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The Center for Congregational Spirituality is pleased to offer Spiritual Leadership in Communities of Faith: A Contemplative Retreat, August 3–August 8, 2019, at the Transfiguration Spirituality Center near Cincinnati, Ohio. This six-day retreat is open to ordained clergy, paid religious professionals, and qualified lay leaders (especially those who’ve attended a denominational leadership school).
Built on the foundation of spiritual direction/guidance/companioning, the retreat emphasizes bringing the benefits of the practice into three spheres: your personal spiritual life, the life of your faith community, and the wider world. Each day the retreat, you’ll learn to integrate the art and practice of spiritual direction into your life and ministry through a daily routine of contemplative worship, engagement with the history and practice of spiritual direction, opportunities to participate in individual and group spiritual direction, and time for reflection—both individually and in community.
Spiritual Leadership in Communities of Faith: A Contemplative Retreat begins with and ingathering dinner at 4:00 pm on Saturday, August 3, and ends with lunch at 12:30 pm on Thursday, August 8. Each day will be built around an intentional pattern of theory, practice, and reflection. Mornings will begin with a contemplative worship experience that will lead into a didactic session on some aspect of spiritual direction. Afternoons will offer the opportunity to practice—in dyads and small groups—what we’ve learned that day. And each evening will conclude with time for individual and group reflection, followed by a closing contemplative worship.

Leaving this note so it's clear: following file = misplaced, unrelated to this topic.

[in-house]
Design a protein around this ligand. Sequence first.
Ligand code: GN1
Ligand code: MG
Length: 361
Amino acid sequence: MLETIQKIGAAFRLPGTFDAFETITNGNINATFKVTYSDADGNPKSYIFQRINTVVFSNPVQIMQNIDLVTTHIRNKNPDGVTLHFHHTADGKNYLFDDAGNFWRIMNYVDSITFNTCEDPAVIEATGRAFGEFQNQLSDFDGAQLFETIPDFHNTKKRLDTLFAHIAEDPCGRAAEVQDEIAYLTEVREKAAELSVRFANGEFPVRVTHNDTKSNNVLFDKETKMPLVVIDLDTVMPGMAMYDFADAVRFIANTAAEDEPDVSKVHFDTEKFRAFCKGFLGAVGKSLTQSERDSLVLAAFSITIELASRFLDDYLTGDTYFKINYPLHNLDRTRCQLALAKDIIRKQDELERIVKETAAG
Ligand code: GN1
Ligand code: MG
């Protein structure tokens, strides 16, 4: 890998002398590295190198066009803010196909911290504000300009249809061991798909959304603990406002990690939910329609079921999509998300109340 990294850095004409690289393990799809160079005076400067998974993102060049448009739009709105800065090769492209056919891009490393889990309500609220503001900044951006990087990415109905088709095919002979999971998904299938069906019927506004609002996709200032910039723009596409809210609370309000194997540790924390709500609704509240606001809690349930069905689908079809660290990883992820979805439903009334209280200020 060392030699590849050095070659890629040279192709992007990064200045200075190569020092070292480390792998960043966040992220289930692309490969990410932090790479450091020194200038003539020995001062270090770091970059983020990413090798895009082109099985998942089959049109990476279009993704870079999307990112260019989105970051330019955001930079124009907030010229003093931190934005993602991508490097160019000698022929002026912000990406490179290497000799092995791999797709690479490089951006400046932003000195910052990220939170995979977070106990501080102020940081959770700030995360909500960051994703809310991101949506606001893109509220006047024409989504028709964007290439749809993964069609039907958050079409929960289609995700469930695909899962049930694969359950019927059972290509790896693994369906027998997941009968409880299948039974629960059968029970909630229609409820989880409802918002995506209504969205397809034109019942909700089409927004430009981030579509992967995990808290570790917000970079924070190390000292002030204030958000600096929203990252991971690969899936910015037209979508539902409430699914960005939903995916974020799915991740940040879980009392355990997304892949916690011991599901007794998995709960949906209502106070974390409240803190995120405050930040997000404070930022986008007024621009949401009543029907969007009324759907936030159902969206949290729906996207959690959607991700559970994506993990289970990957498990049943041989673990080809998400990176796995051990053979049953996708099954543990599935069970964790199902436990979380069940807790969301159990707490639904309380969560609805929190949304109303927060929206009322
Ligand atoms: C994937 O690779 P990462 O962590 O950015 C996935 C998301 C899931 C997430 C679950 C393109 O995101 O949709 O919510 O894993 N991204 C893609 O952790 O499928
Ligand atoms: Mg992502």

The cost of the retreat is $1750, which includes tuition and all instructional materials, a private room, and meals (breakfast, lunch, and dinner). Scholarships are available. As are discounts for individuals sharing a double room (two twin beds) and commuters.
Registration officially begins August 6, 2018. But we’re offering a special early bird registration period until the end of December 2018. For more information, contact Sue Sinnamon at firstname.lastname@example.org or visit spiritualleadershipretreat.org.
Over the last few decades, the number of spiritual directors in the United States has steadily increased. Amy Frykholm writing in The Christian Century notes that “the dramatic growth of Spiritual Directors International (SDI) illustrates the trend: it had about 1,200 members in 1995 and about 6,000 by 2005, and it expects to have over 10,000 by 2016.” At the same time, the number of people who identify as “spiritual but not religious” has increased as well, up to 33% of the population in the United States according to one recent survey. And all this is happening as a growing number of religiously unaffiliated adults in the U.S. (the “nones”) say “they are not looking for a religion.” While there certainly are a number of reasons for these trends, one distinct possibility is that more and more people in the United States are spurning traditional sources of spiritual guidance—ordained clergy in established churches—and turning to spiritual directors to accompany them on their search for truth and meaning. It appears that organized religion in America is no longer the go-to place for people to take their “real questions…about what matters most, unemployment, children, divorce, terminal illness, life and death stuff” (Gil Stafford, “When Leadership and Spiritual Direction Meet: Reflections and Stories for Congregational Life.”)